I recommend you see the film, "The Cruise." It's about an eccentric young man who does bus tours in NYC. I haven't seen it in a long time, but it was filmed in a way that you were rooting for the subject. It was funny and really an interesting window into who the character was.

Think in scenes rather than just "following" him in his life.  What has the potential to be dramatic? Yes, give him direction sometimes.

Just ask the establishments if you can film there. I see you are in New Jersey. Hopefully, your subject has a relationship with a manager or owner. 

Be charming. :-)

As far as the music goes, I kind of forget that one. You might want to ask in legal. I would err on not using anything that you don't have the rights for.  I do know that if you edit with the music that is playing in a scene that it's not kosher.

Yes, parental consent forms are a must.

It sounds like you might need a more dramatic story than what you are shooting for, but it also sounds like you could very well discover it along the way.

Good luck!




Dino Reyes

Hello my name is Dino and I'm a first-time film maker and a documentary I made was recently stolen.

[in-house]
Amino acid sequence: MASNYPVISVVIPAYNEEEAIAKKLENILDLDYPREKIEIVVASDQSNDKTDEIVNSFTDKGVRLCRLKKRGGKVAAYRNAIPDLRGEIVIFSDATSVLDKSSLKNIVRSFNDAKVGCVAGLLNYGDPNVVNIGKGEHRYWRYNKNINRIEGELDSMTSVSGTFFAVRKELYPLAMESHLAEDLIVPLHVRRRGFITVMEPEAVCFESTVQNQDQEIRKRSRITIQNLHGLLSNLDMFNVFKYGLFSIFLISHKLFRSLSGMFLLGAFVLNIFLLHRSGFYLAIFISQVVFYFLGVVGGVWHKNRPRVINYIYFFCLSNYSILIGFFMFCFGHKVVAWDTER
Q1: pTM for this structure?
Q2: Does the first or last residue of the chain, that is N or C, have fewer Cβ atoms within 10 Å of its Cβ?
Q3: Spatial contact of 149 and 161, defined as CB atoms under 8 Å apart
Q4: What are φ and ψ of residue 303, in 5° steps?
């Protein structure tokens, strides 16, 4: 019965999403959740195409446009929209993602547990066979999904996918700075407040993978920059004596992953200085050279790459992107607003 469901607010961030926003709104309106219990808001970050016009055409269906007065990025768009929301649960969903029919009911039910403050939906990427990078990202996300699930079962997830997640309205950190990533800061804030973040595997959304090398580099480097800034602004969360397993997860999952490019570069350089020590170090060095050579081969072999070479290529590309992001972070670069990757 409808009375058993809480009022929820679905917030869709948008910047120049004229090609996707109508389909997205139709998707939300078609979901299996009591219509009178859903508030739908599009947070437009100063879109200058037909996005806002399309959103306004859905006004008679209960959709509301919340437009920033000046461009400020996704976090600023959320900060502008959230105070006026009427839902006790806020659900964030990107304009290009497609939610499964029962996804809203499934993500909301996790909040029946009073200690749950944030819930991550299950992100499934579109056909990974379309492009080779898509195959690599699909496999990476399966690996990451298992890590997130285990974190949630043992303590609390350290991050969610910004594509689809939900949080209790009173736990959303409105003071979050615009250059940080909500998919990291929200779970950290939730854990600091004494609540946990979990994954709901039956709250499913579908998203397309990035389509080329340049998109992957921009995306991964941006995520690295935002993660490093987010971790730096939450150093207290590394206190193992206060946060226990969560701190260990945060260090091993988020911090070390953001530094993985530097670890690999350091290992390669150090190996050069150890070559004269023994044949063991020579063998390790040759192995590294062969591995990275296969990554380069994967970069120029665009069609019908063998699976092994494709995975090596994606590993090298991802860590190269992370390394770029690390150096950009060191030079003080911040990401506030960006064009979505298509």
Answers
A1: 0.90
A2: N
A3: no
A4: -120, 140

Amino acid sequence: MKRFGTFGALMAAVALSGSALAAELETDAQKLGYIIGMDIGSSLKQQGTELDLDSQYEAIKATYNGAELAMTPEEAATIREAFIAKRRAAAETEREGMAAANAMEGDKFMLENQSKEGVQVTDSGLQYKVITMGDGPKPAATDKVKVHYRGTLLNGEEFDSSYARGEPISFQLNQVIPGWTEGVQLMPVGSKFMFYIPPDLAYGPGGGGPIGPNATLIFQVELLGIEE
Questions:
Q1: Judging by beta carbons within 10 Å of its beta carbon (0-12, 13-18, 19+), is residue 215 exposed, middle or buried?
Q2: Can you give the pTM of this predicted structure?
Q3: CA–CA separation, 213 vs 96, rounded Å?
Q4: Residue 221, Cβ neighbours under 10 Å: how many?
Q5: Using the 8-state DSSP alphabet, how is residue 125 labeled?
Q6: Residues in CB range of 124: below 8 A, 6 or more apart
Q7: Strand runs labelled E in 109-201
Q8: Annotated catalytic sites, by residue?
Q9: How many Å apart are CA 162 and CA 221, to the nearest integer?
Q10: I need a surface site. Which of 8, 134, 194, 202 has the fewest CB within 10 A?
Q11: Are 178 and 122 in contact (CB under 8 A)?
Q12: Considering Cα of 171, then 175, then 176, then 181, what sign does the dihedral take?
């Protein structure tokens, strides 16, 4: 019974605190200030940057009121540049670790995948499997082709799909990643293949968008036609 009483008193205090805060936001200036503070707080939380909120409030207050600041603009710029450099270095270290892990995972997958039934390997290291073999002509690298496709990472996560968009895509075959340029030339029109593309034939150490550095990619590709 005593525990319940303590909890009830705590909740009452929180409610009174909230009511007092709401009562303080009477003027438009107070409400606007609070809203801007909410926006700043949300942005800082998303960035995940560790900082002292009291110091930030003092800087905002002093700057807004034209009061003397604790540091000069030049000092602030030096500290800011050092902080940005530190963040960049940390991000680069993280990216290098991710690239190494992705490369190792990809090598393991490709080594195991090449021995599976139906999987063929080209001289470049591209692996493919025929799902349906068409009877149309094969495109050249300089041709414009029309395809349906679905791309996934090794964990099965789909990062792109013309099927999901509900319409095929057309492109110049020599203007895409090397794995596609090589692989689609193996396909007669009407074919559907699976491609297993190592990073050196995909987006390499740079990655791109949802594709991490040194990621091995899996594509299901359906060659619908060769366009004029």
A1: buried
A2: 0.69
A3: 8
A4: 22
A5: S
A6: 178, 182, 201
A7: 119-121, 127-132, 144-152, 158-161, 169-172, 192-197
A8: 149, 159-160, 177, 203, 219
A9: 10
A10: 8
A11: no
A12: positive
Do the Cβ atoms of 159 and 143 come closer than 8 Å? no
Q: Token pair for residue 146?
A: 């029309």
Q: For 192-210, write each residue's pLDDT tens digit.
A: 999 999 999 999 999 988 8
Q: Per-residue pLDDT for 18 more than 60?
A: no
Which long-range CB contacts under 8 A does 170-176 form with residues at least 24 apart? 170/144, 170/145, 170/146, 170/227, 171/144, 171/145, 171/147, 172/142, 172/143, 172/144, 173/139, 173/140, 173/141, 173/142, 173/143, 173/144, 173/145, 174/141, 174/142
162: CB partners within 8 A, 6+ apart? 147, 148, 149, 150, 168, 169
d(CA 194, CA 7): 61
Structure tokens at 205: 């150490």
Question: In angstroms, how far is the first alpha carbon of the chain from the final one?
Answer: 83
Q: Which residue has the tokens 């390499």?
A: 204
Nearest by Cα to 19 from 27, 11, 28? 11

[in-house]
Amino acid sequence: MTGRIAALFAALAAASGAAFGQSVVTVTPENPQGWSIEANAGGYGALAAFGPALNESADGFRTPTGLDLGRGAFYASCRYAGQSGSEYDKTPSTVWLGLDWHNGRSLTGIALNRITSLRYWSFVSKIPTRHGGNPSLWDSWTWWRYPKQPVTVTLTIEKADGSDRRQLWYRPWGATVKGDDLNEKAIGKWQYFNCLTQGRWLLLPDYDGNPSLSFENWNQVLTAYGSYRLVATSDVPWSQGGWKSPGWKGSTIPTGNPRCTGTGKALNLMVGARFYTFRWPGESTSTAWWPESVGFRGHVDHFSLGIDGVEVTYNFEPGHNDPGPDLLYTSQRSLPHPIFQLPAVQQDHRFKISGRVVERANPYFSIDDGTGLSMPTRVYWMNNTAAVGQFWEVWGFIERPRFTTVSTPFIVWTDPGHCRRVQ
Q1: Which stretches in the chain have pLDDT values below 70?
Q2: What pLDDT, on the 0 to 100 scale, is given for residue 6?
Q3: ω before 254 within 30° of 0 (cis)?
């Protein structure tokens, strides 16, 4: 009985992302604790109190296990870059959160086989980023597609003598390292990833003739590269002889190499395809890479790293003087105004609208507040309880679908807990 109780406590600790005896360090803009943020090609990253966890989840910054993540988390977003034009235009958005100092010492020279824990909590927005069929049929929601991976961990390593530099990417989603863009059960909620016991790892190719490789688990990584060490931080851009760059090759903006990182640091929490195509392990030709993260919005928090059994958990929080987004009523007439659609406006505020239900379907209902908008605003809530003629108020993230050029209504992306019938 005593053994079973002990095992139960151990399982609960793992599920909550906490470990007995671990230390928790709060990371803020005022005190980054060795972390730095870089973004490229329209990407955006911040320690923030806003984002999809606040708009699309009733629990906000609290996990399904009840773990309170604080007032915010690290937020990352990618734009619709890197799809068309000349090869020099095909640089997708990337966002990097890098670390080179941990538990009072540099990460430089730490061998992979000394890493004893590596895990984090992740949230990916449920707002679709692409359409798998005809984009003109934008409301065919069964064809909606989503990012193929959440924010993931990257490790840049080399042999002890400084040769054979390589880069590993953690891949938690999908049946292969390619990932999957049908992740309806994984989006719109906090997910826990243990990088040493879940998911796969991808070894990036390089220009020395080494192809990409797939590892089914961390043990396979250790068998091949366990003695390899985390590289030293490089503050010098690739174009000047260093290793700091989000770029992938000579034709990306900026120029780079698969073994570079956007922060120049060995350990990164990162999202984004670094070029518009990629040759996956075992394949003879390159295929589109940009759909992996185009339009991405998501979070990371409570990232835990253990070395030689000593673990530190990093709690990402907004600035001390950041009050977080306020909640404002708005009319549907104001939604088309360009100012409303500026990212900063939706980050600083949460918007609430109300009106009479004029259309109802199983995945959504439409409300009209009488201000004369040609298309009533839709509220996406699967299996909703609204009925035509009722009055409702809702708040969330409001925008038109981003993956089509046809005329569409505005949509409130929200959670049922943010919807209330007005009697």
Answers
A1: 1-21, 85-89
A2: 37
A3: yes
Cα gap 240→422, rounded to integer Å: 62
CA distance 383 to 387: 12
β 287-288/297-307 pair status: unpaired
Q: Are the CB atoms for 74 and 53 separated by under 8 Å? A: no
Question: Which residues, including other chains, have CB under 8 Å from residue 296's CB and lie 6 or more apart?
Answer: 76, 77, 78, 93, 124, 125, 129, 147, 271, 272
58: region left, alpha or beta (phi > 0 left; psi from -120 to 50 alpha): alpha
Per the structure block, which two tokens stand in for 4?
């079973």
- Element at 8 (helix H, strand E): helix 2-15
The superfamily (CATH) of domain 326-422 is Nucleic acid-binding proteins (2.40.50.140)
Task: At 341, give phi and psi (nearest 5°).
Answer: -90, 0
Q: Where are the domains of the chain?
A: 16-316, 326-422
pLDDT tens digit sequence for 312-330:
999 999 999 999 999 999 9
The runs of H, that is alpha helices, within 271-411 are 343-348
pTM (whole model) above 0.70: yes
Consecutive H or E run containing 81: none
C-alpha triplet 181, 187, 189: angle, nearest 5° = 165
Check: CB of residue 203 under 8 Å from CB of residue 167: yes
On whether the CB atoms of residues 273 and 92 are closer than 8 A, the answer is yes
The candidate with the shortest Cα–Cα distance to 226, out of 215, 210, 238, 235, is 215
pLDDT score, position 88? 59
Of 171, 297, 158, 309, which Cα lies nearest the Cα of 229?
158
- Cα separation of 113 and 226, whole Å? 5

As far as the backstory, there was one main subject in the doc and I was working with the family on this project. We had much disputes, despite our contract and after the film was completed I was cut out of the project on a whim and the son, the only living heir, decided the film did not have enough of his acting (it's a doc for heaven sakes!) and his music (he was a part-time music hobbiest), so he found a rogue editor to take mine and the production teams work, re-edit and give themselves credit. Because he had the family name, he was able to influence distributors that he was in fact the director of the film and able to make agreements. 

So my name removed as director (and my editors name removed as well) replaced and placed on many sites such as Amazon, Hulu, Youtube etc (for example here: ).